The Alexandria job, which pays between $190,000 and $225,000, has been vacant since May, when James Hartmann left to work for Seminole County, Fla. Bruce Johnson, Alexandria’s chief financial officer has been acting city manager since May. He was not a candidate for the manager’s job. Read more at The Washington Post.

Plantation, Florida (population 84,866): Plantation city officials next week will name its chief administrative officer, who serves as the right hand man to the mayor. Gary Shimun, Davie’s former Town Administrator, was chosen from a field of 73 applicants. Davie officials fired him in January amid complaints he kept council members in the dark and ignored calls from residents. Unlike most cities in Broward County, Plantation’s elected mayor acts like a city manager, running the city’s day-to-day business, supervising department heads and preparing the budget. Mayor Diane Veltri Bendekovic’s salary is $117,221. But Plantation’s mayor has had an assistant who serves in a similar role as a city manager. If the Council approves the hiring on Wednesday, Shimun would replace Dan Keefe, who is retiring Dec. 30. Shimun is expected to earn the same salary as his boss. Councilman Bob Levy said Shimun’s resume was the only one he was sent. He said the council was asked to interview Shimun privately by next week. “I put in a call to him yesterday but he hasn’t returned my call,” Levy said. “He’s a credentialed city manager which is important. On paper he looks great. His qualifications of course are impeccable but I do want to know what happened in Davie, that’s what I want to ask him about.” Read more at the Sun Sentinel.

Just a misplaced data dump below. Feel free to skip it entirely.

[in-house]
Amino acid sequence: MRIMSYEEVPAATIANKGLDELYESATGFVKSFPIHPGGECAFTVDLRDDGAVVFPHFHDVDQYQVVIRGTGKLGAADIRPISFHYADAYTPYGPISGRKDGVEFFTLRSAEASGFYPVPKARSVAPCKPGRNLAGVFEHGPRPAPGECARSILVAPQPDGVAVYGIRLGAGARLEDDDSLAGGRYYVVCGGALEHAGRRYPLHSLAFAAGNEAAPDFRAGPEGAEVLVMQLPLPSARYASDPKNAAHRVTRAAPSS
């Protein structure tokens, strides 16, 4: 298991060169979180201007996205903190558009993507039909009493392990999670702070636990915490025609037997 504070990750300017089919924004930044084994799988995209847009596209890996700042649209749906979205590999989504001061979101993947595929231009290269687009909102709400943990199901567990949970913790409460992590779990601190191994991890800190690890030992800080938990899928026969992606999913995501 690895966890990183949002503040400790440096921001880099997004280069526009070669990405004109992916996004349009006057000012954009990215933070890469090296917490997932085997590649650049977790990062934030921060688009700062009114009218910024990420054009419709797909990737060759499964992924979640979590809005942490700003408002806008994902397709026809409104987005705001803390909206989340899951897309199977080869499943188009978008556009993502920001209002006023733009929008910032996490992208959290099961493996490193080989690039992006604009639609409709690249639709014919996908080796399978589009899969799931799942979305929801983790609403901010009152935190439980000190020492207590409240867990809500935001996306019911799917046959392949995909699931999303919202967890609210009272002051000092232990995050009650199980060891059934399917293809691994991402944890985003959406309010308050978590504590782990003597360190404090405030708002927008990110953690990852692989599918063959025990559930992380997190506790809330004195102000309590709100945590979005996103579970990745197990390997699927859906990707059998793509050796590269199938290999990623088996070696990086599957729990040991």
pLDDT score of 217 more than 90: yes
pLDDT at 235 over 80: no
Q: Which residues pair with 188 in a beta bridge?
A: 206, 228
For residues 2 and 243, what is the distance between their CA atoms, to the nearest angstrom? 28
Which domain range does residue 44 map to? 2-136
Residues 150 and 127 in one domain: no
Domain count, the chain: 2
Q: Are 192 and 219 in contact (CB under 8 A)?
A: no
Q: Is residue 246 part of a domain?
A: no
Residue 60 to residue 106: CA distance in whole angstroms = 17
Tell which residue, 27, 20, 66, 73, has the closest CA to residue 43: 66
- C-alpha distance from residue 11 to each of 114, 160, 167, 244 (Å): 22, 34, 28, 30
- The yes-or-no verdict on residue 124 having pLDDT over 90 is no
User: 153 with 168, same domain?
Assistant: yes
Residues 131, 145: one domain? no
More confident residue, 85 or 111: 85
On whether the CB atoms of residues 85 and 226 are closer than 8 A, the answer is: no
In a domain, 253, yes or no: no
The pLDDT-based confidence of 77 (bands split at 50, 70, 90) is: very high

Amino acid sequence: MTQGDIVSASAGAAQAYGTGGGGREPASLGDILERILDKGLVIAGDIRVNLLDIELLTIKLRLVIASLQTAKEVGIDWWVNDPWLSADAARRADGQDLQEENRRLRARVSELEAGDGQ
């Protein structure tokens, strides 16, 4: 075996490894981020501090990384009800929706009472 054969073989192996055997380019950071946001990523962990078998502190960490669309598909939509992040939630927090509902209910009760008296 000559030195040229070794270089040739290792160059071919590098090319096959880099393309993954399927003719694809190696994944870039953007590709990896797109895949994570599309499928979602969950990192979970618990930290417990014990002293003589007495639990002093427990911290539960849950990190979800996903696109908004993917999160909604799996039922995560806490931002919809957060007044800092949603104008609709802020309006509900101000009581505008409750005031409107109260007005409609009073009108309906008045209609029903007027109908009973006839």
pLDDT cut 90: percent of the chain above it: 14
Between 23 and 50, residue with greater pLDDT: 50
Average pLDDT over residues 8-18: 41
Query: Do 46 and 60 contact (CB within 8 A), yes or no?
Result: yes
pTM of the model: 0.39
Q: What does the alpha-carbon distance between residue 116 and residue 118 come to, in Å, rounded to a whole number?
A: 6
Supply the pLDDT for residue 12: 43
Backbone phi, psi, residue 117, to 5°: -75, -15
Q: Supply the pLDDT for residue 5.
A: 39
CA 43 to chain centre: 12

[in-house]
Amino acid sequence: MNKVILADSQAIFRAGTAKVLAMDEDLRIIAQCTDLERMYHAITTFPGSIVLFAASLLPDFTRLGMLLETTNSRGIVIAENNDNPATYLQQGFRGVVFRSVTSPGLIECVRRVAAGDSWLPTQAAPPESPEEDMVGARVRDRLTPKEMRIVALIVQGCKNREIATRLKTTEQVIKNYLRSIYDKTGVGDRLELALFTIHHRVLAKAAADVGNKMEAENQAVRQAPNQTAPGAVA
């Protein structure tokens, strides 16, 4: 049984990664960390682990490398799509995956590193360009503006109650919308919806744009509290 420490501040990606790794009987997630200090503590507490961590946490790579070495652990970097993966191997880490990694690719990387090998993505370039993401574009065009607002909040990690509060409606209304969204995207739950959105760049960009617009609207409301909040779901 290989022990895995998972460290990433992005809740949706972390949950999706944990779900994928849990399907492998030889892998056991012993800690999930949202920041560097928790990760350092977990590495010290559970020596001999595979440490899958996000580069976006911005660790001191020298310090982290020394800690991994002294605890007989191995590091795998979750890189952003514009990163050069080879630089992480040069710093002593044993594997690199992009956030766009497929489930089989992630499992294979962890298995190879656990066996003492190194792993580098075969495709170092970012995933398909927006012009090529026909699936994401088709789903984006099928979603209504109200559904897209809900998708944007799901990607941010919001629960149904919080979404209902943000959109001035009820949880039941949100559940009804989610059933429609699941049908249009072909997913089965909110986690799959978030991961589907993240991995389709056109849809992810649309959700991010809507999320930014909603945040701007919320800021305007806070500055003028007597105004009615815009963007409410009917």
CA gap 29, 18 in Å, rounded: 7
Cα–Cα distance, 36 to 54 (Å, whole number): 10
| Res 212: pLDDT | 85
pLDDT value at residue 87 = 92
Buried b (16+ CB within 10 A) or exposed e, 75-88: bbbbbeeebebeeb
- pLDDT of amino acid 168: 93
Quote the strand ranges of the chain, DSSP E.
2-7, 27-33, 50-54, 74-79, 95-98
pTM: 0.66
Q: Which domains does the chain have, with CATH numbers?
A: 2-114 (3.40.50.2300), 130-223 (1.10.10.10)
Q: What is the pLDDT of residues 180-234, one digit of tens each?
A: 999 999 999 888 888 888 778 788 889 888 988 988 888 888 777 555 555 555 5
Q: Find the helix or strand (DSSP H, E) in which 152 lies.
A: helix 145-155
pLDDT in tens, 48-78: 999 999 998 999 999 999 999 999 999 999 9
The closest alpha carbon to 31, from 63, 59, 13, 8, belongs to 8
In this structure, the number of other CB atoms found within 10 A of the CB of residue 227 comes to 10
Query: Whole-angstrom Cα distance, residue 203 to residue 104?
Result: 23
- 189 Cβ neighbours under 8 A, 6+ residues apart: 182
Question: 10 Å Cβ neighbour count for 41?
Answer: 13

Eau Claire, Wisconsin (population 65,883): City Manager Mike Huggins announced that he is resigning from his position, effective mid-December. Huggins has served as Eau Claire City Manager since 2006. During a phone interview, with the Chippewa Valley Post, Huggins said he is in good health, does not have another job lined up, nor does he plan on moving from the City of Eau Claire. When asked, Huggins said he was not planning on running for any political seat nor does he, at this time, plan on pursing another career for the City of Eau Claire. The City Manager is responsible for the hiring and managing of the city staff; carrying out the directives of the City Council; and assisting the City Council in developing policy and strategic directions to provide for the common good of the people of Eau Claire. In his blog post, Huggins said his priorities as City Manager include providing the appropriate executive leadership to assure timely, equitable, and fiscally responsive delivery of City services; encouraging informed and responsible citizen engagement in local governance and community decision-making; and strengthening the community and intergovernmental partnerships essential for maintaining a high quality of life for all residents. With Huggins resignation, the city council must now appoint an interim city manager and start the process of recruiting a permanent city manager to replace him. The process could take anywhere from  3 to 6 months from Huggins last day on the job. Read more in the Chippewa Valley Post.